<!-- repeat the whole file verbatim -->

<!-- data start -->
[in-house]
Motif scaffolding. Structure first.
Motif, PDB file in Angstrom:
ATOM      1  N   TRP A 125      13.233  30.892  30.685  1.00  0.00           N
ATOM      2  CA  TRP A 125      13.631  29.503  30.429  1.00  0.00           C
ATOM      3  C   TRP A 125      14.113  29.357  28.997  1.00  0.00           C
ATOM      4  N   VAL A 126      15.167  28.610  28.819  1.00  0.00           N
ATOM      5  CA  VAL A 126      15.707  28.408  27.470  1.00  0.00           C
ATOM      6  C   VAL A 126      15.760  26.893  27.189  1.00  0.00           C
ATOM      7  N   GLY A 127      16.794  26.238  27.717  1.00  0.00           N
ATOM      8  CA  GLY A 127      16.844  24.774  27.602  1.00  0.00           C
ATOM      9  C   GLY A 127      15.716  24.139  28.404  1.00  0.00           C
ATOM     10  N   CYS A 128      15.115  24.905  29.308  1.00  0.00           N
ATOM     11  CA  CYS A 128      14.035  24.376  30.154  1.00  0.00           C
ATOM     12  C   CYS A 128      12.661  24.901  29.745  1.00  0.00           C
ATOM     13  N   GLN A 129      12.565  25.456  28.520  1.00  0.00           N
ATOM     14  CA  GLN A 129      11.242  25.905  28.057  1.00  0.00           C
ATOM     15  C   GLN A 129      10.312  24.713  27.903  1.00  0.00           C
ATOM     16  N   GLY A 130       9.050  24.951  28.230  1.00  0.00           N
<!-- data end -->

[in-house]
Motif scaffolding. Structure first.
Motif, PDB file in Angstrom:
ATOM      1  N   TRP A 125      13.233  30.892  30.685  1.00  0.00           N
ATOM      2  CA  TRP A 125      13.631  29.503  30.429  1.00  0.00           C
ATOM      3  C   TRP A 125      14.113  29.357  28.997  1.00  0.00           C
ATOM      4  N   VAL A 126      15.167  28.610  28.819  1.00  0.00           N
ATOM      5  CA  VAL A 126      15.707  28.408  27.470  1.00  0.00           C
ATOM      6  C   VAL A 126      15.760  26.893  27.189  1.00  0.00           C
ATOM      7  N   GLY A 127      16.794  26.238  27.717  1.00  0.00           N
ATOM      8  CA  GLY A 127      16.844  24.774  27.602  1.00  0.00           C
ATOM      9  C   GLY A 127      15.716  24.139  28.404  1.00  0.00           C
ATOM     10  N   CYS A 128      15.115  24.905  29.308  1.00  0.00           N
ATOM     11  CA  CYS A 128      14.035  24.376  30.154  1.00  0.00           C
ATOM     12  C   CYS A 128      12.661  24.901  29.745  1.00  0.00           C
ATOM     13  N   GLN A 129      12.565  25.456  28.520  1.00  0.00           N
ATOM     14  CA  GLN A 129      11.242  25.905  28.057  1.00  0.00           C
ATOM     15  C   GLN A 129      10.312  24.713  27.903  1.00  0.00           C
ATOM     16  N   GLY A 130       9.050  24.951  28.230  1.00  0.00           N